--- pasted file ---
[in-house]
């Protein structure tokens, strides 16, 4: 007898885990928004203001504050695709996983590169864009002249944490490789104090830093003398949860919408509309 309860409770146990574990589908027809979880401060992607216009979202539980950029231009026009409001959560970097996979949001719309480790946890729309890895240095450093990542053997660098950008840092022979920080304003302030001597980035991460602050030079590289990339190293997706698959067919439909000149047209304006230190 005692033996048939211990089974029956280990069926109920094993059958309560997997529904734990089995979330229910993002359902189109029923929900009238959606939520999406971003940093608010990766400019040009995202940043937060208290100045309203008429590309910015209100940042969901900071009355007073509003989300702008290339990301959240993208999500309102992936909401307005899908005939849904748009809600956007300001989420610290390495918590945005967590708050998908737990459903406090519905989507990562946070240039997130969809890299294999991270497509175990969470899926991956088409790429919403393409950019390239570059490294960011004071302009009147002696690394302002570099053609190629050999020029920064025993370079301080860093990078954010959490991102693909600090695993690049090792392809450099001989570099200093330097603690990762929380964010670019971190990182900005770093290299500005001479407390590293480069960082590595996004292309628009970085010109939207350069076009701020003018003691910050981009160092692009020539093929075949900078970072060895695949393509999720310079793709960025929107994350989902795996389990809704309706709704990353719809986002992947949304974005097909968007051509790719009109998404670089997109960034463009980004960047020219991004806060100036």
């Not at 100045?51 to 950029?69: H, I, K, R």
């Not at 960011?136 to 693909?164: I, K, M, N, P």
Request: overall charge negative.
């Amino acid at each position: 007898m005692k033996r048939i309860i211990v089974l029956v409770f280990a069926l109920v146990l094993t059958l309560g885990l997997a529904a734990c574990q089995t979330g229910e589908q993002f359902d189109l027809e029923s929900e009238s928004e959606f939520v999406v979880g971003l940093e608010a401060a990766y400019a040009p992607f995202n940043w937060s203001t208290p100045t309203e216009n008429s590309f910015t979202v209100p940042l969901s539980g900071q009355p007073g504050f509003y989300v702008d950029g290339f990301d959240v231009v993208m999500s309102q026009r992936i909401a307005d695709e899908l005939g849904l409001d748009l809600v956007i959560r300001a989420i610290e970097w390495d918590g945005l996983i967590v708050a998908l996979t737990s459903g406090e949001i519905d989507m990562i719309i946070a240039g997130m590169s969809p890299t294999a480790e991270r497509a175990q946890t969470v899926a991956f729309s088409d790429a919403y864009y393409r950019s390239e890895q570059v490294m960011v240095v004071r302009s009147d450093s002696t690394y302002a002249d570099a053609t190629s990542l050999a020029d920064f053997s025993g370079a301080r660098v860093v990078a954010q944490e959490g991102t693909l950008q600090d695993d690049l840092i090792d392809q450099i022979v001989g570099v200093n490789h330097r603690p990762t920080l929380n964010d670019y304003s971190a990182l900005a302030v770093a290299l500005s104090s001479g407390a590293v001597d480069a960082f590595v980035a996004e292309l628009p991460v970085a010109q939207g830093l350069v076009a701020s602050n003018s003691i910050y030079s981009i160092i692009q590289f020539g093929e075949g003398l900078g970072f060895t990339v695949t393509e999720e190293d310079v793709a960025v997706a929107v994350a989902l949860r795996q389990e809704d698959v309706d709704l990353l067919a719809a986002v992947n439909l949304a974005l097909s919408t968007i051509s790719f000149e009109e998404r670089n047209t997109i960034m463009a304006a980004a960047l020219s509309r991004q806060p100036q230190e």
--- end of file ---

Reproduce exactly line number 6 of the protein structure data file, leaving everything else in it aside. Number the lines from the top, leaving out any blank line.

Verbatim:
């Amino acid at each position: 007898m005692k033996r048939i309860i211990v089974l029956v409770f280990a069926l109920v146990l094993t059958l309560g885990l997997a529904a734990c574990q089995t979330g229910e589908q993002f359902d189109l027809e029923s929900e009238s928004e959606f939520v999406v979880g971003l940093e608010a401060a990766y400019a040009p992607f995202n940043w937060s203001t208290p100045t309203e216009n008429s590309f910015t979202v209100p940042l969901s539980g900071q009355p007073g504050f509003y989300v702008d950029g290339f990301d959240v231009v993208m999500s309102q026009r992936i909401a307005d695709e899908l005939g849904l409001d748009l809600v956007i959560r300001a989420i610290e970097w390495d918590g945005l996983i967590v708050a998908l996979t737990s459903g406090e949001i519905d989507m990562i719309i946070a240039g997130m590169s969809p890299t294999a480790e991270r497509a175990q946890t969470v899926a991956f729309s088409d790429a919403y864009y393409r950019s390239e890895q570059v490294m960011v240095v004071r302009s009147d450093s002696t690394y302002a002249d570099a053609t190629s990542l050999a020029d920064f053997s025993g370079a301080r660098v860093v990078a954010q944490e959490g991102t693909l950008q600090d695993d690049l840092i090792d392809q450099i022979v001989g570099v200093n490789h330097r603690p990762t920080l929380n964010d670019y304003s971190a990182l900005a302030v770093a290299l500005s104090s001479g407390a590293v001597d480069a960082f590595v980035a996004e292309l628009p991460v970085a010109q939207g830093l350069v076009a701020s602050n003018s003691i910050y030079s981009i160092i692009q590289f020539g093929e075949g003398l900078g970072f060895t990339v695949t393509e999720e190293d310079v793709a960025v997706a929107v994350a989902l949860r795996q389990e809704d698959v309706d709704l990353l067919a719809a986002v992947n439909l949304a974005l097909s919408t968007i051509s790719f000149e009109e998404r670089n047209t997109i960034m463009a304006a980004a960047l020219s509309r991004q806060p100036q230190e």